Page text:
Sunday, November 13, 2022

Replacing the Bissell Air Ram model 1984 Power Switch

The repair took ten minutes, once I had the new part.

The switch for the Bissell finally arrived from the UK.  I am guessing with their "right to repair" laws, they sell the switch over there.  The seller on eBay has sold over 700 of them - what does that tell us?  For some reason, I cannot find a source for them in the USA, and Bissell was of no help whatsoever.

The repair isn't hard.  I chose to solder the wires together.   More ambitious people would solder the wires to the circuit board directly.   Less ambitious people would use crimp fittings.  All three methods would work.

To start, carefully pry off the switch cover from the part closest to the handle. The switch cover has two hinge pins, one long (outside) and one short (inside) so pry to the left (as viewed from the back) and it should pop out without damaging the cover. If not, well, superglue to the rescue.

This is what the switch looks like under the cover - that tiny little button thing.  Not shown are the two torx screws that hold it in place and the springs that go in the large holes on each side of the switch. 

You can test the switch by jumpering it with a short wire.  If you do so, it should turn on (and stay on) even after you remove the jumper wire.  When you jumper it again, it will shut off.  If that is the case, the switch is bad.  You can also test it with a Volt-Ohm meter.  It is an intermittent switch (momentary), not an ON/OFF switch.  It conducts when pressed, opens when released.  When broke, it is open all the time.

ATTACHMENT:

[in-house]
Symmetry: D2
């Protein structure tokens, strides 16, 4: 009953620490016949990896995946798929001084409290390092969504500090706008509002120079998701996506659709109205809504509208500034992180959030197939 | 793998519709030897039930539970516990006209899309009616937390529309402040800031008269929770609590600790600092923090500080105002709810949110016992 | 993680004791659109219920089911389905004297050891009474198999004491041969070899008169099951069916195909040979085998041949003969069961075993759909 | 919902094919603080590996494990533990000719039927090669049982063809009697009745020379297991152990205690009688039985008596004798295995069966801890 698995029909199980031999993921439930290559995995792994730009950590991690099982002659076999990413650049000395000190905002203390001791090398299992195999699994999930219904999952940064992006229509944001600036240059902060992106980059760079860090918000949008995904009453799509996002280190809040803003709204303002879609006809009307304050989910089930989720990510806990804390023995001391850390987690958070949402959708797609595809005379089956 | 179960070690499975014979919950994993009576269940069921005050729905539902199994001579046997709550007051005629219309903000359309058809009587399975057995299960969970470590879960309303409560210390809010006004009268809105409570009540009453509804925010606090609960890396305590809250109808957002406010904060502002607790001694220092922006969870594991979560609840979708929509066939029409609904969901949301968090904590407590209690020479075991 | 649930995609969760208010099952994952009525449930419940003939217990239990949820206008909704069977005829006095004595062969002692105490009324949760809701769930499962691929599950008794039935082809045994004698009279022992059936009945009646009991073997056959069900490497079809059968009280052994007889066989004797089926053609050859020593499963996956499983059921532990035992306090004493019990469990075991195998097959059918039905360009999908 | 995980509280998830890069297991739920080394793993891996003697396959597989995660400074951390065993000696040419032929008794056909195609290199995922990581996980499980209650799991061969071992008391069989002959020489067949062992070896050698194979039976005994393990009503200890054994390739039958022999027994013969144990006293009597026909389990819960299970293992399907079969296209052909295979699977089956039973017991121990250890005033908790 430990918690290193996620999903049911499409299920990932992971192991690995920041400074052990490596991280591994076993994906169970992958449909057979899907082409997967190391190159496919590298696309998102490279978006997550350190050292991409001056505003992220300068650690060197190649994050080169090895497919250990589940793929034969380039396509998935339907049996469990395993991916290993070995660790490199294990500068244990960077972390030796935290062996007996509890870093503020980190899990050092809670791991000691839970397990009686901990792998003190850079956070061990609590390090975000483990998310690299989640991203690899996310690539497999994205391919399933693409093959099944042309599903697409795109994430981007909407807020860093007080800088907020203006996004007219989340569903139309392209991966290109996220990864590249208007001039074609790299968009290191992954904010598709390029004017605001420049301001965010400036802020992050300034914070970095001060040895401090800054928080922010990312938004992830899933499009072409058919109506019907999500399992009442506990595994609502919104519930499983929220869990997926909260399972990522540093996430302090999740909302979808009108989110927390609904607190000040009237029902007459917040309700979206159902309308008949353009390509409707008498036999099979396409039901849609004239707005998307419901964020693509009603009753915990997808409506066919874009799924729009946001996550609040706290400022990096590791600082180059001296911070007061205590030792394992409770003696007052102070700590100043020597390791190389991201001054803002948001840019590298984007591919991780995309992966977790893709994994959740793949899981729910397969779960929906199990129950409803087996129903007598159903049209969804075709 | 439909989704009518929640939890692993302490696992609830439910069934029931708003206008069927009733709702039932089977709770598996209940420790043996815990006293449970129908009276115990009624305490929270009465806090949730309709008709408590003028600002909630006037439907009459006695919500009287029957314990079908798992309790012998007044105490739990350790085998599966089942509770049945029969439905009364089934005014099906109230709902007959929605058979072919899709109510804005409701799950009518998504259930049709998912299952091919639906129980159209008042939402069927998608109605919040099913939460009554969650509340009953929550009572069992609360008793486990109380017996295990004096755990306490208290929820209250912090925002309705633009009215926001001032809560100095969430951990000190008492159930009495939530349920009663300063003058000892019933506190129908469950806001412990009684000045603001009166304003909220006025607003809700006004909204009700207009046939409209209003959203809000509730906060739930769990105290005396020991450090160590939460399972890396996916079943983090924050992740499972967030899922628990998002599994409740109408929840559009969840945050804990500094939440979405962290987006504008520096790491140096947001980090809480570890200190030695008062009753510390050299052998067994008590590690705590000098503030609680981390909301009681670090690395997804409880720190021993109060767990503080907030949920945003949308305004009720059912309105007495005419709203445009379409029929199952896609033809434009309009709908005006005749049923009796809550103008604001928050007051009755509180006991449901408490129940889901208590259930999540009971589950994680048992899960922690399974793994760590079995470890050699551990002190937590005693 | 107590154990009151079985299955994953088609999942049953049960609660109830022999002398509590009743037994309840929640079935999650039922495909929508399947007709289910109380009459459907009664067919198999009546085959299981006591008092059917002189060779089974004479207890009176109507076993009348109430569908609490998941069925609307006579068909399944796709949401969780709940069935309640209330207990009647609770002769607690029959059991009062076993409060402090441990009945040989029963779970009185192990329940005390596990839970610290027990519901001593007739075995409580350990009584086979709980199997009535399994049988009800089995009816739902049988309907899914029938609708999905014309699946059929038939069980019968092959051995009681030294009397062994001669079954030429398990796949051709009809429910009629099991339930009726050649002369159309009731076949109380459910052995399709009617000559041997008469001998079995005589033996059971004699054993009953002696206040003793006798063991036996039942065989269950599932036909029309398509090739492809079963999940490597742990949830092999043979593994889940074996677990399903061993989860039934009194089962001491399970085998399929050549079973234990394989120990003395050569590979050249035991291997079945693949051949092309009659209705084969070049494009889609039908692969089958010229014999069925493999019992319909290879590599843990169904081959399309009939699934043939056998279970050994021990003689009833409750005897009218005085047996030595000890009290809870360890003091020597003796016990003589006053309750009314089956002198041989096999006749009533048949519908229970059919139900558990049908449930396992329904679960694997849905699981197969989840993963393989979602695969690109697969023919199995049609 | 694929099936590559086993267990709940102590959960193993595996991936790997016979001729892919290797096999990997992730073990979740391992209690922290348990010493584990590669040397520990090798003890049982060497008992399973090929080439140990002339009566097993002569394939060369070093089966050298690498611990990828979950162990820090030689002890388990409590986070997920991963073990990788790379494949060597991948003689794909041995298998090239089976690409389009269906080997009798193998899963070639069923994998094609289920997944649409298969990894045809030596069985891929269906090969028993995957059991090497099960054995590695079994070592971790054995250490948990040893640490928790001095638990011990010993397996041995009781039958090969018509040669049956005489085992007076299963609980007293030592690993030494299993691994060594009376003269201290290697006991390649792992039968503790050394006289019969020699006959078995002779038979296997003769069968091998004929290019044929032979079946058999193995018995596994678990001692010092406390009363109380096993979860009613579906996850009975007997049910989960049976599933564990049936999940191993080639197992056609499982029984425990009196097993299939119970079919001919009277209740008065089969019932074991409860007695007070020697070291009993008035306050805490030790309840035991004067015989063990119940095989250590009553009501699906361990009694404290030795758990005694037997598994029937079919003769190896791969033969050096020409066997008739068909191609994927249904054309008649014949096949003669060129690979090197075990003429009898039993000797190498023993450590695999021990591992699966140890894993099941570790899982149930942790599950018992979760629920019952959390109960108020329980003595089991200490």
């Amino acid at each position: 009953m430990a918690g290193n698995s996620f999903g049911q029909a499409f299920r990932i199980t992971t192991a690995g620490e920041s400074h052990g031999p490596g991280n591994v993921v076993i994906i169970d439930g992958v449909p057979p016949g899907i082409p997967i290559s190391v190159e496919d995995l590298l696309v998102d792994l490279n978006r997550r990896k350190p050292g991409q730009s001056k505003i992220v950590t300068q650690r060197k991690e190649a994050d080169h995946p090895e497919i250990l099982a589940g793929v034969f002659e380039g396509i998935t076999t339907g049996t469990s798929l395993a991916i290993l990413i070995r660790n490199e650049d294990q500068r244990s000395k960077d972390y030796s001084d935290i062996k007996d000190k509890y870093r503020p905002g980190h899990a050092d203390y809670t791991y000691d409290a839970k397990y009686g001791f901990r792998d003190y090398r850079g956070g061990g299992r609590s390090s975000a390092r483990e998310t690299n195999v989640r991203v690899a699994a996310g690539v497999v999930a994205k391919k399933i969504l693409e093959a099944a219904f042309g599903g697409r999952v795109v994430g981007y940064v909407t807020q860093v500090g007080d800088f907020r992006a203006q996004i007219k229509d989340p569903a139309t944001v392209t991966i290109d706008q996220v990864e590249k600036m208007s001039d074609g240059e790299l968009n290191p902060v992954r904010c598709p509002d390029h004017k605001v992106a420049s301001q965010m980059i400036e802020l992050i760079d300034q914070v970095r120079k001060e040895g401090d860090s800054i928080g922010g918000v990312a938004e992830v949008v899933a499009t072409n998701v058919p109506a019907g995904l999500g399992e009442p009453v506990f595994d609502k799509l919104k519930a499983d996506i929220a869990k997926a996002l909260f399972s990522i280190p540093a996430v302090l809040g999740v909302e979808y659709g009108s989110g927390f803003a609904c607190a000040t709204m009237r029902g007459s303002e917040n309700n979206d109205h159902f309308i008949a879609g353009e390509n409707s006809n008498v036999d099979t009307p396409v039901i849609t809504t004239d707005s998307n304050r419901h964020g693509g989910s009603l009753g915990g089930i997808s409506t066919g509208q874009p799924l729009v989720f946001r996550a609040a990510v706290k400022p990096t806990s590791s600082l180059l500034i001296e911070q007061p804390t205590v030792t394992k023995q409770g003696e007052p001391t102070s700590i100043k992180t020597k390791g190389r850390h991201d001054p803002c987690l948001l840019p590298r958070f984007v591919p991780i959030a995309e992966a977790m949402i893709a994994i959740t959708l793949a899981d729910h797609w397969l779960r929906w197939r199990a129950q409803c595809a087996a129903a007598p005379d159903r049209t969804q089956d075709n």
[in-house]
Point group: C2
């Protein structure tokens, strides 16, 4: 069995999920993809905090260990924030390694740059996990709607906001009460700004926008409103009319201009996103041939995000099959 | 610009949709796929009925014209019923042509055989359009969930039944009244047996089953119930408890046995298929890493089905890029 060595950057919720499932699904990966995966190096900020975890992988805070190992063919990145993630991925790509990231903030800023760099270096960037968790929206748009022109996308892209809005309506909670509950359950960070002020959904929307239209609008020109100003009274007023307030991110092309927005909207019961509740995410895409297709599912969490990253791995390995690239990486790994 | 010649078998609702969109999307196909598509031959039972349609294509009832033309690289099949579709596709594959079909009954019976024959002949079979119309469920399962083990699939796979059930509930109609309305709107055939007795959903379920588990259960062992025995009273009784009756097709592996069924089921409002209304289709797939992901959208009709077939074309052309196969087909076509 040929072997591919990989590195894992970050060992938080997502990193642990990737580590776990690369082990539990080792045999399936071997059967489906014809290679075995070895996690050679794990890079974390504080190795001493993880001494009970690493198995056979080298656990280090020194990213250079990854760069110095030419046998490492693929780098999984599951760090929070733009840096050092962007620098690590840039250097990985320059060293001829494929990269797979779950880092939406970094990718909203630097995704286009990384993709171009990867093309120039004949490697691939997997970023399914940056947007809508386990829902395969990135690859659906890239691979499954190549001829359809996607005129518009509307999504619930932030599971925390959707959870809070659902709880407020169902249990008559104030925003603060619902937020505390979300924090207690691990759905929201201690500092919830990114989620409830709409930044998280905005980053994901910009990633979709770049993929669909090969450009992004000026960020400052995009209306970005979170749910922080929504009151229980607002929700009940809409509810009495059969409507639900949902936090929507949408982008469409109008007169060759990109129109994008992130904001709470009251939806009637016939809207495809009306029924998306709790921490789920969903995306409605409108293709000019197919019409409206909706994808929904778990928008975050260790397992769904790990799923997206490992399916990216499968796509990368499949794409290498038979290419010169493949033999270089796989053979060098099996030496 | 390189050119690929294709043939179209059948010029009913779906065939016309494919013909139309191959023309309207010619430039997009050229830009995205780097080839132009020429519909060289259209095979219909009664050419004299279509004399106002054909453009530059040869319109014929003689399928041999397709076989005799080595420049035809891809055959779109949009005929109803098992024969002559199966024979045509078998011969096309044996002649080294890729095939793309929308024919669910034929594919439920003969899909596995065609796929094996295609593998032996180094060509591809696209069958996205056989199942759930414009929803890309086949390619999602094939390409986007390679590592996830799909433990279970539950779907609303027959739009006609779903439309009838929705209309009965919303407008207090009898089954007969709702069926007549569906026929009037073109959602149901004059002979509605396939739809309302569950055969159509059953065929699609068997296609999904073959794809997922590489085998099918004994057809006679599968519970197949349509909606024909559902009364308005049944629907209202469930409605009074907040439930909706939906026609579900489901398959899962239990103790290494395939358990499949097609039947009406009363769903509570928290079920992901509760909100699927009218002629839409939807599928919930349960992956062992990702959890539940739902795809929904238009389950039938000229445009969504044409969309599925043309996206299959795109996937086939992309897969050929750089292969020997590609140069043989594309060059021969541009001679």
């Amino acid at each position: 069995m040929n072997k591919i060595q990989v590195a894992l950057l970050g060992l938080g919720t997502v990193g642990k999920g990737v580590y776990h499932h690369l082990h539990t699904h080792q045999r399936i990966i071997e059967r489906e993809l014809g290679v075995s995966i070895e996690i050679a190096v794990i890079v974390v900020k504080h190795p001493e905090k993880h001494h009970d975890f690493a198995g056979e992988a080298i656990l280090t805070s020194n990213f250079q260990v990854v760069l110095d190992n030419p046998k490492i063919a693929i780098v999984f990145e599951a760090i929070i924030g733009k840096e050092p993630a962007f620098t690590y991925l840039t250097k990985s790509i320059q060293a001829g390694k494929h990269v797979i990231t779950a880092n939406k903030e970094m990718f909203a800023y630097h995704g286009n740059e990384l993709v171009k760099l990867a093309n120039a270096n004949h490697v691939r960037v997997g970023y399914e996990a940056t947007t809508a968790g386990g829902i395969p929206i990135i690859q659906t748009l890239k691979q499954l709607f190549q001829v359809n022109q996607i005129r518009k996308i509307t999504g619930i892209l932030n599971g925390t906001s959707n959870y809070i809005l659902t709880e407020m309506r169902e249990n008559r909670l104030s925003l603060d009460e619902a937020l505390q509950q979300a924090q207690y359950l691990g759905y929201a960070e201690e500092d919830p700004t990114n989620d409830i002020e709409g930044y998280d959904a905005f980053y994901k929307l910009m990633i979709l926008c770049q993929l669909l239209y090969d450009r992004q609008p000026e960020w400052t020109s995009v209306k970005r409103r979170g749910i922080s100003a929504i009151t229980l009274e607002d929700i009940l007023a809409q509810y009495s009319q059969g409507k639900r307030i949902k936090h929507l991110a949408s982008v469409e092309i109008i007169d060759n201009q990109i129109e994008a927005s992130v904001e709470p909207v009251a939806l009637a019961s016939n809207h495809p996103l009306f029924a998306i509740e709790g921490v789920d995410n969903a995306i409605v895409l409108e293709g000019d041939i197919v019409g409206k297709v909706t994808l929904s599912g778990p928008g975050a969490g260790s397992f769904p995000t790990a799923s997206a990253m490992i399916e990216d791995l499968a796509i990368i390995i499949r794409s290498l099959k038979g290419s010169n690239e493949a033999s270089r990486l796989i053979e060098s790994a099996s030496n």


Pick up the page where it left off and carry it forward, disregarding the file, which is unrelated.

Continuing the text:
Cut the switch leads and strip them.  I soldered these to the leads on the replacement switch and then shrink-tubed the connections.

Once both sides were done, it was a matter of tucking the wiring in (which was now much longer) into the motor compartment, screwing the new switch back in place, and then prying the switch cover back on.

This is a picture of the new switch being installed.  You'll need a torx driver to tighten the two screws.  There are also two springs that go in the holes on each side to make the switch cover bounce back.  Route the wires carefully to avoid binding.  I routed the extra switch wire to the right of the motor.

Reinstall the switch cover by inserting the long pin first and then gently prying the side with the short pin in place. The bottom of the cover snaps into the housing.

And it worked. Every machine has a weak spot, and apparently this switch is the weak spot on the 1984. I won't be mashing it with my foot again - like I used to. It is a pretty tiny thing!